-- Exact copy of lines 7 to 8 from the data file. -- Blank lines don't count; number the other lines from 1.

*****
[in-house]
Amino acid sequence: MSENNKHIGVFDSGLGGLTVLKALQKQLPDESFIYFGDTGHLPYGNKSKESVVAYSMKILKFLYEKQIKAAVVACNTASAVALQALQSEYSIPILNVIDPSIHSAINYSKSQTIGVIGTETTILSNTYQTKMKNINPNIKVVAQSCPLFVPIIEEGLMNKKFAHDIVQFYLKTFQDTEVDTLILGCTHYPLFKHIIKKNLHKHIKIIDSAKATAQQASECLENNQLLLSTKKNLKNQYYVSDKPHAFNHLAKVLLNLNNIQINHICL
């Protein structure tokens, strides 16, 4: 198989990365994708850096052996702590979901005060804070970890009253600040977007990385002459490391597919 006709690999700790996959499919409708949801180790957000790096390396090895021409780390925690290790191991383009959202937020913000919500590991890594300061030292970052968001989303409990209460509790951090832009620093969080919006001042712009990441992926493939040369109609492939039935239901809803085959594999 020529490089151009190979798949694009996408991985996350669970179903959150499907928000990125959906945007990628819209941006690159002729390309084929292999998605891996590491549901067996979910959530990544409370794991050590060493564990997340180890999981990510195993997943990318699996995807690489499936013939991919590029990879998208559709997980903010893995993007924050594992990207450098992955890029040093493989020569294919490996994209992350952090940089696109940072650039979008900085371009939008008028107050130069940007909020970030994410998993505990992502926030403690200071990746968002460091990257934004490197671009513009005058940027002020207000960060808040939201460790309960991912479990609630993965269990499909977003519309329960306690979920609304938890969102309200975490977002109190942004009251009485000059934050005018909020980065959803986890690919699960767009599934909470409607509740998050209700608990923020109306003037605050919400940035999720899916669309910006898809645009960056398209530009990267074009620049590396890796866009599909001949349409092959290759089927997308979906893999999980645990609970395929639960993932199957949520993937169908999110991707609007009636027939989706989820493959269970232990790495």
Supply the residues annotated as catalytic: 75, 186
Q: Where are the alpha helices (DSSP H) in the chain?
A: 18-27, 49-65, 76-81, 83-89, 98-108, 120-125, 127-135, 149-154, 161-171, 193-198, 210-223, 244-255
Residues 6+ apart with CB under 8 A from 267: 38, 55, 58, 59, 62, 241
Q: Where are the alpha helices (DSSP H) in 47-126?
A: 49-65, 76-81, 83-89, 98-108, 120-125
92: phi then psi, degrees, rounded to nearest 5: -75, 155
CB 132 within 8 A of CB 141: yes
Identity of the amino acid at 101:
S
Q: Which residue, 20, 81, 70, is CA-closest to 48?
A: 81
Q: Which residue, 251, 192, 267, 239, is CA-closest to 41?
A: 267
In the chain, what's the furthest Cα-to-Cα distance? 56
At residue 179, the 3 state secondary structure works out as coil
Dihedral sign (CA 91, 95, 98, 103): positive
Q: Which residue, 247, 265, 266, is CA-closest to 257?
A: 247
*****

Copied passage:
Residues 6+ apart with CB under 8 A from 267: 38, 55, 58, 59, 62, 241
Q: Where are the alpha helices (DSSP H) in 47-126?